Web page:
Ethics & Society Newsfeed: February 12, 2016

When the hospital serves McDonald’s
In peddling unhealthy meals, health centers fail both their patients and their employees.

Pharma Bro goes to Washington
A Congressional hearing with Martin Shkreli reveals the brokenness of the prescription-drug market.

The research pirates of the Dark Web
After getting shut down late last year, a website that allows free access to paywalled academic papers has sprung back up in a shadowy corner of the Internet.

Johns Hopkins becomes first center in country to offer HIV-positive to HIV-positive organ transplants
Johns Hopkins announced this week that it had received approval from the nation’s organ-sharing authority to become the first hospital in the United States to conduct transplants involving HIV-positive donors and HIV-positive recipients.

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Ethics & Society Newsfeed: January 22, 2016

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Record 30,000 Organ Transplants Performed Last Year
Doctors attribute the 5% increase in donations in 2015 to Americans’ growing willingness to donate organs.

Why We Need to Rethink HIV Attitudes
Robert Klitzman argues it is time to re-examine attitudes and laws criminalizing potential HIV exposure.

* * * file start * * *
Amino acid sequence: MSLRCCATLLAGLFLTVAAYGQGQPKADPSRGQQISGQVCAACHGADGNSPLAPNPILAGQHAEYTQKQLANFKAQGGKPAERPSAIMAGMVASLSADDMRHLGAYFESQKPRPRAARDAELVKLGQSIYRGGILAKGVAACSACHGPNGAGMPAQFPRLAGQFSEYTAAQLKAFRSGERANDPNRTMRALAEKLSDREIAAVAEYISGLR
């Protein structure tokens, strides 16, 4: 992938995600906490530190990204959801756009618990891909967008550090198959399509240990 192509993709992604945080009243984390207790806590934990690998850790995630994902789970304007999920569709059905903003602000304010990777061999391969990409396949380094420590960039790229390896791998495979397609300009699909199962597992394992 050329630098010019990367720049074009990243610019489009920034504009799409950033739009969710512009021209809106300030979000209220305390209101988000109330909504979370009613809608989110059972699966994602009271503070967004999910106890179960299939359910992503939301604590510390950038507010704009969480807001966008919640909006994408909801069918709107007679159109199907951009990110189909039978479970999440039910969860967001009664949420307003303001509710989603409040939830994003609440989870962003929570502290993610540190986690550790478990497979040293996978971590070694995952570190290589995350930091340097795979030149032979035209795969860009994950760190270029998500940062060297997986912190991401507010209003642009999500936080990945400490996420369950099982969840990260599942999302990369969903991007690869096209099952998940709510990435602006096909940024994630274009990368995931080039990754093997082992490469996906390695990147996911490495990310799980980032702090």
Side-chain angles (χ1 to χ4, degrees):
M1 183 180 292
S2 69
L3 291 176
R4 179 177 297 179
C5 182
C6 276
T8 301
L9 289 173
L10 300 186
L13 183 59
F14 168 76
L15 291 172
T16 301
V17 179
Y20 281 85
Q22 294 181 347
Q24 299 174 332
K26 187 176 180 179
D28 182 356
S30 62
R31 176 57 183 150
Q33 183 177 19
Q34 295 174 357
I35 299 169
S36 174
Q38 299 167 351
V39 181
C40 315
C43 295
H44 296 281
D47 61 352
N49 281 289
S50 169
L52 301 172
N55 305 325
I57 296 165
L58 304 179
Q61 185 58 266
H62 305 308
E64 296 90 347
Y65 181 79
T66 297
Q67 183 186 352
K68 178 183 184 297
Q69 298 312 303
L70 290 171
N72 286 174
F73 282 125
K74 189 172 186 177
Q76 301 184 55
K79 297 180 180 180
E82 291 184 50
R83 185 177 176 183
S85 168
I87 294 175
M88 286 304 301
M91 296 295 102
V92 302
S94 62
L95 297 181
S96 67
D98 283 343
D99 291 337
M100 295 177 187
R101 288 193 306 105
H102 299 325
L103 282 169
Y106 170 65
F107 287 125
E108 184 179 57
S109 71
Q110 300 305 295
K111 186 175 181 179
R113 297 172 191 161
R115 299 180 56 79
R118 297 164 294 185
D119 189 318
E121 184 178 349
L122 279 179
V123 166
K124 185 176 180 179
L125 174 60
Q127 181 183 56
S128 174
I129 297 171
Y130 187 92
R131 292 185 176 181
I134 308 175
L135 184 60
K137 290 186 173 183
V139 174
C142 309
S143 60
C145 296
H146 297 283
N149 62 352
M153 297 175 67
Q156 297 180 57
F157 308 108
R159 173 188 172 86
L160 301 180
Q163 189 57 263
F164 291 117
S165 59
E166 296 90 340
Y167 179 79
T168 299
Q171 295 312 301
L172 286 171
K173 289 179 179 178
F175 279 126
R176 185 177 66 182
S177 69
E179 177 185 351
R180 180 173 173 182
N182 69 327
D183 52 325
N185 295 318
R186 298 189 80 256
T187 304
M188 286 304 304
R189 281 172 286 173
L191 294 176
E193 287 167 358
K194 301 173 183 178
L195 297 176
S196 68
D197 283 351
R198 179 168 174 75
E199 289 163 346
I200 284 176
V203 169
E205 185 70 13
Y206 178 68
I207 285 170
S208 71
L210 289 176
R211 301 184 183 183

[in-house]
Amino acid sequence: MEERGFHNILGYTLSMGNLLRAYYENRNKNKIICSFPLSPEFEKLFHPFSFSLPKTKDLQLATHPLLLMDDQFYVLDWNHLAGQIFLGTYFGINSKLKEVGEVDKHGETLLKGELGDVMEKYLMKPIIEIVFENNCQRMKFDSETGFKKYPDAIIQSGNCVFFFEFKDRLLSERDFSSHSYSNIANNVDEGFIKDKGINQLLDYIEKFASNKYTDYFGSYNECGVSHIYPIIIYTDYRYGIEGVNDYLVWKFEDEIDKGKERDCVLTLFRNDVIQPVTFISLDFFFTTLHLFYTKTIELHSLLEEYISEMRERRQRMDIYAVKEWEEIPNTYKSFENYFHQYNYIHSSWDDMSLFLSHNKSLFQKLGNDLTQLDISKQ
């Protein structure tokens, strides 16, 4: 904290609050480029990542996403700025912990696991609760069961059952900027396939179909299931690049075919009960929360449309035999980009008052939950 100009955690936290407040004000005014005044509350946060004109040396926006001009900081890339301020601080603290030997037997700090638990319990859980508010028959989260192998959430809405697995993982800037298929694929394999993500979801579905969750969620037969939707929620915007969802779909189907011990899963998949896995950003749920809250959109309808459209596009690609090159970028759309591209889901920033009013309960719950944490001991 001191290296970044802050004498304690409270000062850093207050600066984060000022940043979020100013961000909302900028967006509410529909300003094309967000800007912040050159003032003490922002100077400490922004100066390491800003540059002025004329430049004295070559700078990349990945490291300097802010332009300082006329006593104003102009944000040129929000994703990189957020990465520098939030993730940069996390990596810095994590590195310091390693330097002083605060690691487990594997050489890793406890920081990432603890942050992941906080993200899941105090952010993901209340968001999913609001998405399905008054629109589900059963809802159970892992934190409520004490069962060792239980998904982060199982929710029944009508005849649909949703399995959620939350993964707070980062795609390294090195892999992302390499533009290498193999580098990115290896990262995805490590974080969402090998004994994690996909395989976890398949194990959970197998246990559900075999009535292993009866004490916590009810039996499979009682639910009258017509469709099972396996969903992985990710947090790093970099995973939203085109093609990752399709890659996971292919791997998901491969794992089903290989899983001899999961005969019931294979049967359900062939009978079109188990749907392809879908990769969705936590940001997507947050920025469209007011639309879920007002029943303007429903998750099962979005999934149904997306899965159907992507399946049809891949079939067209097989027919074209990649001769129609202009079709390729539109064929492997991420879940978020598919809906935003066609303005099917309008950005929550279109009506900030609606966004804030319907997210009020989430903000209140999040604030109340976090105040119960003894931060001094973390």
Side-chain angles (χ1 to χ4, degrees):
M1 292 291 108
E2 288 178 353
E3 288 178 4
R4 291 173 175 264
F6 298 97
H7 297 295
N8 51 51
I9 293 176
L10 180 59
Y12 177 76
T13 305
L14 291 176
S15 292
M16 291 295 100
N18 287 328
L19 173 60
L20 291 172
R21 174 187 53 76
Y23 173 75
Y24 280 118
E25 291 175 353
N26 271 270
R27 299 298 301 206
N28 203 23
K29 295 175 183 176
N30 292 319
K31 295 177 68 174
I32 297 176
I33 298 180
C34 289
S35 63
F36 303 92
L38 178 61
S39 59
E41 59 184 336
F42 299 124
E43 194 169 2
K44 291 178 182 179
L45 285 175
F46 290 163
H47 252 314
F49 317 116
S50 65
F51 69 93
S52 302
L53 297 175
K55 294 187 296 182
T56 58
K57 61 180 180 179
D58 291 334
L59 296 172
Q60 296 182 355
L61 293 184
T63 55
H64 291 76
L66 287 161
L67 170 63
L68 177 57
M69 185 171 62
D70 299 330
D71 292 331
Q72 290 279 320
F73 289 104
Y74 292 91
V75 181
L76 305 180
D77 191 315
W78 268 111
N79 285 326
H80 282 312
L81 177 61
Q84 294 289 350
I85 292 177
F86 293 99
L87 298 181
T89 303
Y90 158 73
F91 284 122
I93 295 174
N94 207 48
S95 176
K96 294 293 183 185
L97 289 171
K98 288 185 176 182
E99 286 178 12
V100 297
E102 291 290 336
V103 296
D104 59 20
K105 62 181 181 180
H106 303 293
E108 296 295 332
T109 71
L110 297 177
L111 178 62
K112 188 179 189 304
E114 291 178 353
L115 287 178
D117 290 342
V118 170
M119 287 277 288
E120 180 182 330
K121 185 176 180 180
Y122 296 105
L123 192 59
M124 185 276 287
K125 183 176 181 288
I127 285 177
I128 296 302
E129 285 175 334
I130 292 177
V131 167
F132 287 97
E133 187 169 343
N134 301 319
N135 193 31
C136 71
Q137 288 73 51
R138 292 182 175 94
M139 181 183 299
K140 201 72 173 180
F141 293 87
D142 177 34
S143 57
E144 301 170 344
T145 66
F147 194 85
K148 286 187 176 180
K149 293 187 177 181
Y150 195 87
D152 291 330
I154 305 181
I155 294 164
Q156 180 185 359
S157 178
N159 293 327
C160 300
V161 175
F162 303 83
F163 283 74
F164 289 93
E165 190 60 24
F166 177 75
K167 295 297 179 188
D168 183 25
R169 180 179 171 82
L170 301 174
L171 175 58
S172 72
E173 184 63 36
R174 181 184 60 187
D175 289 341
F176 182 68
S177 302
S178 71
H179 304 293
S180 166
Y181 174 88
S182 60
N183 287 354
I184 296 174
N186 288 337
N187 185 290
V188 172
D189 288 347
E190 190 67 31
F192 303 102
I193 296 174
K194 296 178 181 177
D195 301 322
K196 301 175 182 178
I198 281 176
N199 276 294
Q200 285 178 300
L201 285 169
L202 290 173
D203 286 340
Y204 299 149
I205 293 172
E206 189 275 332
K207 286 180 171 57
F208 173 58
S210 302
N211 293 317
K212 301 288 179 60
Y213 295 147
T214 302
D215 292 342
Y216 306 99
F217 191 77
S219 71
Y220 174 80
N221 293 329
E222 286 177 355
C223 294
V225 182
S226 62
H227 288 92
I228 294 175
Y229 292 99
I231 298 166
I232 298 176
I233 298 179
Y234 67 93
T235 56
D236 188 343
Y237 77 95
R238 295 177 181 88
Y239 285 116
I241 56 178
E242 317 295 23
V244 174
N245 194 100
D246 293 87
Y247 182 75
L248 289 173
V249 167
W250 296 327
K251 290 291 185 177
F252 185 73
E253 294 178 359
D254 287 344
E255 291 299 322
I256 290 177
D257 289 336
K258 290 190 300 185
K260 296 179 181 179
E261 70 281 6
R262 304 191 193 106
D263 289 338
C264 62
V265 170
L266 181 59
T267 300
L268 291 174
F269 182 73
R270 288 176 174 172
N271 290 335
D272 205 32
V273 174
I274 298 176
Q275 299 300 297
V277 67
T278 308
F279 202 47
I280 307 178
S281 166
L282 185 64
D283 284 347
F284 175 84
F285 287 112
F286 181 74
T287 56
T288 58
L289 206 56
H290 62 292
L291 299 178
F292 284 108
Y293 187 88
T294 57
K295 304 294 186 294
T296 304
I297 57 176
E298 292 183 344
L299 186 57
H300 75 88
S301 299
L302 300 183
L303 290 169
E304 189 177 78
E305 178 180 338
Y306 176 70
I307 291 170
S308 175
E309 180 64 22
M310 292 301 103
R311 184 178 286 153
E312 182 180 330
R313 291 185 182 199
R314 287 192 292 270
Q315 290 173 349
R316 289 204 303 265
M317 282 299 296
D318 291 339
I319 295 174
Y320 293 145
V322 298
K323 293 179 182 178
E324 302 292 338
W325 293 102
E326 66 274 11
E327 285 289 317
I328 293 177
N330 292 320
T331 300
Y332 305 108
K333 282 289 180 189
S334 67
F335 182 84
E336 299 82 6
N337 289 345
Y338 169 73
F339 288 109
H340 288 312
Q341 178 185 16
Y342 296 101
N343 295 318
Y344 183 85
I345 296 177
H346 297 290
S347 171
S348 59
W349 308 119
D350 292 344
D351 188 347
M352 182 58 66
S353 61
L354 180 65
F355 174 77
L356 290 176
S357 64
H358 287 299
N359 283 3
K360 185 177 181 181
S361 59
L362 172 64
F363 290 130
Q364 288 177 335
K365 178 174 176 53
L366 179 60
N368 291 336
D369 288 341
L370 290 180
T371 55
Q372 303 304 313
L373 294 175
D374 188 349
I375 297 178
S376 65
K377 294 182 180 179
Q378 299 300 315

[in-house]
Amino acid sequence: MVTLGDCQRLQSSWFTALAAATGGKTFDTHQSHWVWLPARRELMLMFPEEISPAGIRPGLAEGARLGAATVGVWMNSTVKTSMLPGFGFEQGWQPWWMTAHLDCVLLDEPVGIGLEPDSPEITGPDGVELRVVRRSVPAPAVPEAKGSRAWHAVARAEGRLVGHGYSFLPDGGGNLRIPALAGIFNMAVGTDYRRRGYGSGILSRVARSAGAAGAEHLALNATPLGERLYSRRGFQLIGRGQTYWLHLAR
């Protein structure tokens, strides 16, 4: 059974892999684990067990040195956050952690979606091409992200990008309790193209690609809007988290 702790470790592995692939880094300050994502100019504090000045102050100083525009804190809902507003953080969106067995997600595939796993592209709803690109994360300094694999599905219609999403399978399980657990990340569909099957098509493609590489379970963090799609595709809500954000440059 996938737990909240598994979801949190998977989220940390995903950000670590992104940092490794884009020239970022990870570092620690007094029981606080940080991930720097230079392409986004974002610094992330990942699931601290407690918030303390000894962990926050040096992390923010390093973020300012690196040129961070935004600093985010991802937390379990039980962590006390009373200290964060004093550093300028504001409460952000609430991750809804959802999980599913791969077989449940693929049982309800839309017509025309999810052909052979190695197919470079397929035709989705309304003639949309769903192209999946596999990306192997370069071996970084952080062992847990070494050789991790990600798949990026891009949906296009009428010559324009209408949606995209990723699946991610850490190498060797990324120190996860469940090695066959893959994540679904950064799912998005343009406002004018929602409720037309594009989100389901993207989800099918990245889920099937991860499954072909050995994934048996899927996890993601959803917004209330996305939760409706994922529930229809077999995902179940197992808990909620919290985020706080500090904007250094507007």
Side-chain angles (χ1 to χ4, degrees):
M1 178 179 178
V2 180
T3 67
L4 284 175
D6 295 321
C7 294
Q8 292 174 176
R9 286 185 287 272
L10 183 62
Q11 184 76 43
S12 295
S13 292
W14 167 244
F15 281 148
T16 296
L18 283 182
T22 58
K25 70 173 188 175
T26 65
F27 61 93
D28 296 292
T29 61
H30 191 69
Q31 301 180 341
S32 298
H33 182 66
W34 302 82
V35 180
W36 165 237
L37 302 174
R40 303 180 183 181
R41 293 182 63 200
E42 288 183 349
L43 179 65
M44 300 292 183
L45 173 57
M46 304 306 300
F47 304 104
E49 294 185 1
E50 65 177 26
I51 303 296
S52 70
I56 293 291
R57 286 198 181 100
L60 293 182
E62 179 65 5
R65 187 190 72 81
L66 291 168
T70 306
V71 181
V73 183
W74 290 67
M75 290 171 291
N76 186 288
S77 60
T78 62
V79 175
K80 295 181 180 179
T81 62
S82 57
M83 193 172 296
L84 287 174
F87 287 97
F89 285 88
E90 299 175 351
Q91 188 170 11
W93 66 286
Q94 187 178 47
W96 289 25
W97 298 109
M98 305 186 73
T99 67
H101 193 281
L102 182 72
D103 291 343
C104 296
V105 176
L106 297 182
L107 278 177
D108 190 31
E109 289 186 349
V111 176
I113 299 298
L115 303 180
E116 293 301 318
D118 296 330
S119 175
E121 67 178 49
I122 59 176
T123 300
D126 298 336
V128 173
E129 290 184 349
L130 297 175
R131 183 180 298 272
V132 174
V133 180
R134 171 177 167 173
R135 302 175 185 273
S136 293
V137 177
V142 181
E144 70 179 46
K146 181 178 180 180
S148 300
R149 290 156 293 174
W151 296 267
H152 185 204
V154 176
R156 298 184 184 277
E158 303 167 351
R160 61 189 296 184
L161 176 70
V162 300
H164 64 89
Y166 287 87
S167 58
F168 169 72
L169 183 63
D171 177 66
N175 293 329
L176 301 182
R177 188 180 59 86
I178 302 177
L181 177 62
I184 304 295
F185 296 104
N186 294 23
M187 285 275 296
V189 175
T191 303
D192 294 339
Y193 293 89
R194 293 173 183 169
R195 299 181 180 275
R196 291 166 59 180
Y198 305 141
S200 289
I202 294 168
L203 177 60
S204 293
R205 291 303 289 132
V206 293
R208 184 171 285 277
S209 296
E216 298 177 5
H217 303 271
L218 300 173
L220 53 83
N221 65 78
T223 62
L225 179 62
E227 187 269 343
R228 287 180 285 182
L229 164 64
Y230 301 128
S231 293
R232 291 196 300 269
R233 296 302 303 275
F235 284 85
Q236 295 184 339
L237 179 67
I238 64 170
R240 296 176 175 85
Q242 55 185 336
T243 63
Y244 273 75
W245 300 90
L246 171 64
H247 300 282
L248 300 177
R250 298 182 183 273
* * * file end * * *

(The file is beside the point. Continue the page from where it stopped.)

Advancing Medical Professionalism in US Military Detainee Treatment
A bioethical argument that current medical ethics standards provide a sound basis for military medical practice, even in situations where military missions must be reconciled with patient needs.

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Issues of Research Ethics in the Facebook ‘Mood Manipulation’ Study: The Importance of Multiple Perspectives

 

By: Michelle Broaddus, Ph.D.

A new study using Facebook data to study “emotional contagion,” and the ensuing backlash of its publication offers the opportunity to examine several ethical principles in research. One of the pillars of ethically conducted research is balancing the risks to the individual participants against the potential benefits to society or scientific knowledge. While the study’s effects were quite small, the authors argue that “given the massive scale of social networks such as Facebook, even small effects can have large aggregated consequences.” However, participants were not allowed to give informed consent, which constitutes a risk of the research and the major source of the backlash.

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Issues of Research Ethics in the Facebook ‘Mood Manipulation’ Study: The Importance of Multiple Perspectives (full text)

 

By: Michelle Broaddus, Ph.D.

A recent paper published in the Proceedings of the National Academy of Sciences describes a mood manipulation experiment conducted by Facebook scientists during one week in 2012 that suggests evidence of “emotional contagion,” or the spread of positive and negative affect between people. The backlash to this publication has been significant. As two examples, Slate.com published a piece entitled “Facebook’s Unethical Experiment: It intentionally manipulated users’ emotions without their knowledge” and The Atlantic’s piece, “Even the Editor of Facebook’s Mood Study Thought It Was Creepy.”

Continue reading “Issues of Research Ethics in the Facebook ‘Mood Manipulation’ Study: The Importance of Multiple Perspectives (full text)”